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Running Time:
2 hours, 3 minutes

Rating: PG-13 Parents Strongly Cautioned.

Rating Explanation:
for intense sequences of violence and action, and brief strong language

Jimmy's Buzz Guide Review:
Made with a palpable sense of urgency, this tense, propulsive film is a model of what mainstream entertainment can be like when everything goes right.

Additional Info:
Matt Damon ... Jason Bourne
Tommy Lee Jones ... CIA Director Robert Dewey
Alicia Vikander ... Heather Lee
Vincent Cassel ... Asset
Julia Stiles ... Nicky Parsons
Riz Ahmed ... Aaron Kalloor
Ato Essandoh ... Craig Jeffers
Bill Camp ... Malcolm Smith
Vinzenz Kiefer ... Christian Dassault
Stephen Kunken ... Baumen
Scott Shepherd ... Director NI Edwin Russell

Jason Bourne

When the film opens, Jason Bourne (Matt Damon) is living under the grid, making ends meet by grimly using his skills in underground fight clubs. At one of them in Athens, he’s approached by Nicky Parsons (Julia Stiles), the former CIA technician who’s become a source of information for a Wikileaks-style operation regarding CIA black ops. She tells Bourne about the real work of his father Richard Wells (Gregg Henry) and the facts behind his death. But while they try to evade capture during a riot in the Greek capital, Nicky is killed by an assassin known only as The Asset (Vincent Cassel), sent by CIA head Robert Dewey (Tommy Lee Jones) to eliminate the threat to the agency both she and Bourne pose.

But Bourne escapes with the encrypted files Parsons has provided, and he’s soon off first to Berlin to meet with Parsons’ confederate Christian Dassault (Vinzenz Kiefer), and then to London and Las Vegas, to discover the identities of those responsible for his father’s death and his own misery. Along the way other characters pop into the action—Dewey’s more modern but very ambitious aide Heather Lee (Alicia Vikander); Malcolm Smith (Bill Camp), the English doctor who served as young Bourne’s supervisor; and Aaron Kalloor (Riz Ahmed), a Silicon Valley mogul who’s played ball with Dewey’s surveillance efforts in the past but is now balking at the director’s more expansive plans—and who becomes the focus of a scene that might make you remember the finale of The Manchurian Candidate.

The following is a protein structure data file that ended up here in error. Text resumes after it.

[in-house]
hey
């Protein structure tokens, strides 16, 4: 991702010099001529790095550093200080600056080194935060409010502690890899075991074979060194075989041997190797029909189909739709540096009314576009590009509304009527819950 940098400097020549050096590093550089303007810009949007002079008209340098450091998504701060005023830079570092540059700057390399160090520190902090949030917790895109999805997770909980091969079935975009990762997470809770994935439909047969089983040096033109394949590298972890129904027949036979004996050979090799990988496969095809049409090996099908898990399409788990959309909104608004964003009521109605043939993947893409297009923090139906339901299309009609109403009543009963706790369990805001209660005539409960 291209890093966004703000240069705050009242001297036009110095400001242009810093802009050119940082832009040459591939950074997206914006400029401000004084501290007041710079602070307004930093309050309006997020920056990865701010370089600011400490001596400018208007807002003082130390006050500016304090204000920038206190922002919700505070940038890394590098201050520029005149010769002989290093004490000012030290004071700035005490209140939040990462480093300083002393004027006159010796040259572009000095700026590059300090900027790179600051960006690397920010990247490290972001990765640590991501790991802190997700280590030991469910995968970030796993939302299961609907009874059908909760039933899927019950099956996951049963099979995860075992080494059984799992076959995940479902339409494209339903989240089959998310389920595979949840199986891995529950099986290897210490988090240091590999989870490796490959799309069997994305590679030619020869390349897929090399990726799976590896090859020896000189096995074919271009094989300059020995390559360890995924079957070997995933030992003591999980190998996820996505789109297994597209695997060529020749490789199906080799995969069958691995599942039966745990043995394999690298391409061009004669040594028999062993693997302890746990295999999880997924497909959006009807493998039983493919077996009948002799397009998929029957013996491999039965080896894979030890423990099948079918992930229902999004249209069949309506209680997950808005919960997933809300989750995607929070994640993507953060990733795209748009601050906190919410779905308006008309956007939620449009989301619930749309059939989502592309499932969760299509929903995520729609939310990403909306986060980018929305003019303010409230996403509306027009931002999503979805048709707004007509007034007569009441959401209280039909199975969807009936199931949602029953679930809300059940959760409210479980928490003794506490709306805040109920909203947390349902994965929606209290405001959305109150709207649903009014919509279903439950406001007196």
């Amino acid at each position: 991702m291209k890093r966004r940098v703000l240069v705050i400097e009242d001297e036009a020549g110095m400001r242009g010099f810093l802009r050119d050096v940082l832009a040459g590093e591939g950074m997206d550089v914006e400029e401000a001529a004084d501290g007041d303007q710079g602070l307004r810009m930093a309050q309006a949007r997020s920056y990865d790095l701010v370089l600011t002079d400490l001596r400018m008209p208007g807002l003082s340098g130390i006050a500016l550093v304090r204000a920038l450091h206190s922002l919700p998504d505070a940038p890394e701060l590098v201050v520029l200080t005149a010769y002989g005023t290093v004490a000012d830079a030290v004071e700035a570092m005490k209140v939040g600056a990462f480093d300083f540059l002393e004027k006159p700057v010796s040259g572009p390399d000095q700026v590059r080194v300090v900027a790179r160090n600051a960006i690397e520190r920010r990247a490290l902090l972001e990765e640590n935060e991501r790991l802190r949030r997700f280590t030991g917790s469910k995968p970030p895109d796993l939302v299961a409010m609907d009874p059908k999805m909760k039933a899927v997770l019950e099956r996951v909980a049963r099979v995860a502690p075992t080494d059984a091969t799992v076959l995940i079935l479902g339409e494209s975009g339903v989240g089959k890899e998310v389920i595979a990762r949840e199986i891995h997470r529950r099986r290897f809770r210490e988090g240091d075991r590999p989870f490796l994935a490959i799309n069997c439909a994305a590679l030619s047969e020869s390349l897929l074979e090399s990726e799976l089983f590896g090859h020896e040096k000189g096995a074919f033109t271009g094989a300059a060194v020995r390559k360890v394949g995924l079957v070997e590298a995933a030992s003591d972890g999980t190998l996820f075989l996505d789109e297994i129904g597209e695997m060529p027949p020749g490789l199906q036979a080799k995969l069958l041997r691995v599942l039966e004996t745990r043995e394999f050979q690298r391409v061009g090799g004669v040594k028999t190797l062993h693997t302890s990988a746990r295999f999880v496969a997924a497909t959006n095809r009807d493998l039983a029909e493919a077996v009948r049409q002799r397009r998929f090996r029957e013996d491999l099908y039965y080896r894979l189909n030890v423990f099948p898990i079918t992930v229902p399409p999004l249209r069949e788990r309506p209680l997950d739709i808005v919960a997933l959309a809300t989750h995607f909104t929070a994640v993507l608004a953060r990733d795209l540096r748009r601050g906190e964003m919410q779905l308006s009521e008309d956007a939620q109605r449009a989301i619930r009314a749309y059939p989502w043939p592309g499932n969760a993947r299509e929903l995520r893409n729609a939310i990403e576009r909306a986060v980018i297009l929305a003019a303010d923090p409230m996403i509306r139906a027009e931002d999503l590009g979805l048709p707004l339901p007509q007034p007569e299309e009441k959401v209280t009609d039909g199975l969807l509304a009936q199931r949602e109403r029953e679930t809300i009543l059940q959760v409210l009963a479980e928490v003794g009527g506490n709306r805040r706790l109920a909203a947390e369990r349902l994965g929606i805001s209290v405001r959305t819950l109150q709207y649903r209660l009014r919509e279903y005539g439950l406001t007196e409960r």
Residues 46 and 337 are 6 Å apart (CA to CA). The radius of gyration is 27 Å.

Director Paul Greengrass ("Captain Phillips") a brilliantly constructed narrative; the story merely does the job, and frankly the connecting links, in which characters walk through corridors, down alleys and across streets to catch (or evade) others, sometimes seem interminable. What sets the film apart are the action sequences, in which manages to tie the strands of the scenario together with exceptional clarity and the necessary modicum of plausibility.

The entire Athenian episode is a particularly exciting sequence, long but brilliantly constructed and realized. A second—set in the streets of London—isn’t as impressive, but solid nonetheless. It’s unfortunate that the culminating chase through the streets of Las Vegas is the weakest, going on too long and coming off, for the most part, like something one might expect in any chase movie. It does have one nice touch, though, when The Asset, driving a SWAT vehicle, doesn’t try to avoid traffic but simply sweeps it aside, the cars pushed up like waves being roiled by a passing shark. It’s the kind of moment that can raise your spirits even as the sequence otherwise grinds on, ending with a fight scene that exponentially tops those underground bouts we saw at the beginning.

This latest Bourne movie doesn’t break much new ground, but it’s a solid, reasonably exciting film that provides its eponymous, amnesiac hero with some definitive answers about how he became one of the CIA’s most efficient secret operatives. Of course, getting those answers is no walk in the park.

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